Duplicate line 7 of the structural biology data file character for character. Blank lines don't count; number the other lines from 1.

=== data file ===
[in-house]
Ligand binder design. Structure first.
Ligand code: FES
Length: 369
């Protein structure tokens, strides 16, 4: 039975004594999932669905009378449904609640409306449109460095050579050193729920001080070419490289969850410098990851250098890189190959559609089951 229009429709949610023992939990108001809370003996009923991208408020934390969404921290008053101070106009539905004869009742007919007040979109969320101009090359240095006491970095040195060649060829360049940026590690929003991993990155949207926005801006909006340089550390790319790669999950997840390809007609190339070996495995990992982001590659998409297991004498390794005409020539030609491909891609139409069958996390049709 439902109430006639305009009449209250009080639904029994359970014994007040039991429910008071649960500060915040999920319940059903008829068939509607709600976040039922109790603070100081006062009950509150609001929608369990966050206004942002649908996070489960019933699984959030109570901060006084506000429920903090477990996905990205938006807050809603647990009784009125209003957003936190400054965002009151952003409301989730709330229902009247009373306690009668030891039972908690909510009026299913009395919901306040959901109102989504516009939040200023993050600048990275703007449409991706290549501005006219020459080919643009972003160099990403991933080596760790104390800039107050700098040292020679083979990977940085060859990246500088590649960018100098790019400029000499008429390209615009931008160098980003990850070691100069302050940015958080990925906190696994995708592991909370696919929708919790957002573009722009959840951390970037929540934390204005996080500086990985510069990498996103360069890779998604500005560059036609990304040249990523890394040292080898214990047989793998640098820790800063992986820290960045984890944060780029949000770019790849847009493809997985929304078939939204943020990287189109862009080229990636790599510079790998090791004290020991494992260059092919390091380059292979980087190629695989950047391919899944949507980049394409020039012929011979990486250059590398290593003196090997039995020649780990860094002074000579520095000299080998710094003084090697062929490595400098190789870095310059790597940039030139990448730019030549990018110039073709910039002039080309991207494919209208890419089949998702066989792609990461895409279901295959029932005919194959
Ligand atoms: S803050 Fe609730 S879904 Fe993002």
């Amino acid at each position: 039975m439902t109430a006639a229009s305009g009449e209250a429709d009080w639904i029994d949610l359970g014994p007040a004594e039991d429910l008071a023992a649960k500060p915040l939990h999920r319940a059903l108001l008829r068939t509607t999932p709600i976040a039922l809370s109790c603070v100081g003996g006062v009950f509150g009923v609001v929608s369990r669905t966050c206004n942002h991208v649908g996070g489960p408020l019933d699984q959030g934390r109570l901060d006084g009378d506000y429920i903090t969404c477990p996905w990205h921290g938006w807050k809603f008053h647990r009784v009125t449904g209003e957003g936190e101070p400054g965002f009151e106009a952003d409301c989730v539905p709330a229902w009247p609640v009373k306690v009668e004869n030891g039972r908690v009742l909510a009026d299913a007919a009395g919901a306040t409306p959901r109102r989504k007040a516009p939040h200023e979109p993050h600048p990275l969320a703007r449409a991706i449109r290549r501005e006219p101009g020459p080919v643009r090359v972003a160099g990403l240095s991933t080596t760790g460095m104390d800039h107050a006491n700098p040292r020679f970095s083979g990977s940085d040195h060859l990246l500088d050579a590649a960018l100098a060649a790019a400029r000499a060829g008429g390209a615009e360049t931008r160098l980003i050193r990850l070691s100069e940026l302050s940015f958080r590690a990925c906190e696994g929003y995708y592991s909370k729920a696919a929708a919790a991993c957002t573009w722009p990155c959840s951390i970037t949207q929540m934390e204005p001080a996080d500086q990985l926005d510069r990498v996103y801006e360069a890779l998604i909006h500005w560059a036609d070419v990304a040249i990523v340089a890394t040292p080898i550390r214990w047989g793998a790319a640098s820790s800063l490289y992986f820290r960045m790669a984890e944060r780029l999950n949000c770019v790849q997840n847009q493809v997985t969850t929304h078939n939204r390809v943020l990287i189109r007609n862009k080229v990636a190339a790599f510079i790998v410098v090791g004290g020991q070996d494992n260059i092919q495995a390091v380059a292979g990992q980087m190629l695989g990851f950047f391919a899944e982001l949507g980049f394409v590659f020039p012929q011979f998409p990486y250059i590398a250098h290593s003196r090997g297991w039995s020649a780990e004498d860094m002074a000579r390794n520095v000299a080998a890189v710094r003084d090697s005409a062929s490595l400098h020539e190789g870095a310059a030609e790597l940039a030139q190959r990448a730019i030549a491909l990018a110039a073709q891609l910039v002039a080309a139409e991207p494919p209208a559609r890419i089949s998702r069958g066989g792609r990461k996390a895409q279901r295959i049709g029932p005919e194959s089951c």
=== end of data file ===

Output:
């Amino acid at each position: 039975m439902t109430a006639a229009s305009g009449e209250a429709d009080w639904i029994d949610l359970g014994p007040a004594e039991d429910l008071a023992a649960k500060p915040l939990h999920r319940a059903l108001l008829r068939t509607t999932p709600i976040a039922l809370s109790c603070v100081g003996g006062v009950f509150g009923v609001v929608s369990r669905t966050c206004n942002h991208v649908g996070g489960p408020l019933d699984q959030g934390r109570l901060d006084g009378d506000y429920i903090t969404c477990p996905w990205h921290g938006w807050k809603f008053h647990r009784v009125t449904g209003e957003g936190e101070p400054g965002f009151e106009a952003d409301c989730v539905p709330a229902w009247p609640v009373k306690v009668e004869n030891g039972r908690v009742l909510a009026d299913a007919a009395g919901a306040t409306p959901r109102r989504k007040a516009p939040h200023e979109p993050h600048p990275l969320a703007r449409a991706i449109r290549r501005e006219p101009g020459p080919v643009r090359v972003a160099g990403l240095s991933t080596t760790g460095m104390d800039h107050a006491n700098p040292r020679f970095s083979g990977s940085d040195h060859l990246l500088d050579a590649a960018l100098a060649a790019a400029r000499a060829g008429g390209a615009e360049t931008r160098l980003i050193r990850l070691s100069e940026l302050s940015f958080r590690a990925c906190e696994g929003y995708y592991s909370k729920a696919a929708a919790a991993c957002t573009w722009p990155c959840s951390i970037t949207q929540m934390e204005p001080a996080d500086q990985l926005d510069r990498v996103y801006e360069a890779l998604i909006h500005w560059a036609d070419v990304a040249i990523v340089a890394t040292p080898i550390r214990w047989g793998a790319a640098s820790s800063l490289y992986f820290r960045m790669a984890e944060r780029l999950n949000c770019v790849q997840n847009q493809v997985t969850t929304h078939n939204r390809v943020l990287i189109r007609n862009k080229v990636a190339a790599f510079i790998v410098v090791g004290g020991q070996d494992n260059i092919q495995a390091v380059a292979g990992q980087m190629l695989g990851f950047f391919a899944e982001l949507g980049f394409v590659f020039p012929q011979f998409p990486y250059i590398a250098h290593s003196r090997g297991w039995s020649a780990e004498d860094m002074a000579r390794n520095v000299a080998a890189v710094r003084d090697s005409a062929s490595l400098h020539e190789g870095a310059a030609e790597l940039a030139q190959r990448a730019i030549a491909l990018a110039a073709q891609l910039v002039a080309a139409e991207p494919p209208a559609r890419i089949s998702r069958g066989g792609r990461k996390a895409q279901r295959i049709g029932p005919e194959s089951c």